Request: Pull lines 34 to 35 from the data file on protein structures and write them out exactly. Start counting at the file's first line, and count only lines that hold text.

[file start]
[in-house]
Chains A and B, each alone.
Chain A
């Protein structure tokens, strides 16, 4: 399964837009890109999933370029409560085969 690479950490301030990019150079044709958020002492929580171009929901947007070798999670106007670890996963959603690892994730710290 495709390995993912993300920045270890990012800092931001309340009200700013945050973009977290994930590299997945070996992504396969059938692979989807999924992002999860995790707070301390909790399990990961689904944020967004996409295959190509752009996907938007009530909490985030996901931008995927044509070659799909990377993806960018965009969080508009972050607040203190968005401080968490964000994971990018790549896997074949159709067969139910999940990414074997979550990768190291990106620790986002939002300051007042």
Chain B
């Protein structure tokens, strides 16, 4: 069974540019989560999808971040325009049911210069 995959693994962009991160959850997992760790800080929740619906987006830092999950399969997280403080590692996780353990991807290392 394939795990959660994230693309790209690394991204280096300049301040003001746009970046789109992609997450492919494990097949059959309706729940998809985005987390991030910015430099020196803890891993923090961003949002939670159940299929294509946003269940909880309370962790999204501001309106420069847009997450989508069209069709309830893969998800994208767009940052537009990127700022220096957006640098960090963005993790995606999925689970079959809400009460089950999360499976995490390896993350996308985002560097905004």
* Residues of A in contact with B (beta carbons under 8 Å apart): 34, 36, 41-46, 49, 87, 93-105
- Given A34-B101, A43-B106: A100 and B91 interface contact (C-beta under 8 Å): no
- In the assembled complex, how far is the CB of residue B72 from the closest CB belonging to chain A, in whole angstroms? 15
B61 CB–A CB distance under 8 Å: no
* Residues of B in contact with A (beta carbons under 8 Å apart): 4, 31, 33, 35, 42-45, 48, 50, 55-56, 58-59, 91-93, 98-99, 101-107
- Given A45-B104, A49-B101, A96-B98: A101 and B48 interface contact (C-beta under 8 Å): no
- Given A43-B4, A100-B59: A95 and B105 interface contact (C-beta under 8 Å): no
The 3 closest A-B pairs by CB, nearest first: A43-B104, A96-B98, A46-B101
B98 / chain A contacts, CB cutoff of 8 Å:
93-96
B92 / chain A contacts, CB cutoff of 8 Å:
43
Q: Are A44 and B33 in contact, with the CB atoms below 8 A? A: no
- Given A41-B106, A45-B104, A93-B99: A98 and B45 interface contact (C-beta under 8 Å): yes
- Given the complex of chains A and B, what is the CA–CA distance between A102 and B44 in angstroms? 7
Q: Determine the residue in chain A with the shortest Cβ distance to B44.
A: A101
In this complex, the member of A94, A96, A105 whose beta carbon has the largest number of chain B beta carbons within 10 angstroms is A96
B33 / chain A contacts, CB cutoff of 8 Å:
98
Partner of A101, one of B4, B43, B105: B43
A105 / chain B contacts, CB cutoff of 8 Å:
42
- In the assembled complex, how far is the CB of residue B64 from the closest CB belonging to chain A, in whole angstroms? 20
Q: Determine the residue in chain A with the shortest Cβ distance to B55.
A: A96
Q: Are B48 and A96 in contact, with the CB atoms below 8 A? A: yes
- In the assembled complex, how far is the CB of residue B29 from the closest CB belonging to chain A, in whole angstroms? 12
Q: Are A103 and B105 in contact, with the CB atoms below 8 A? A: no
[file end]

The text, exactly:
- In the assembled complex, how far is the CB of residue B29 from the closest CB belonging to chain A, in whole angstroms? 12
Q: Are A103 and B105 in contact, with the CB atoms below 8 A? A: no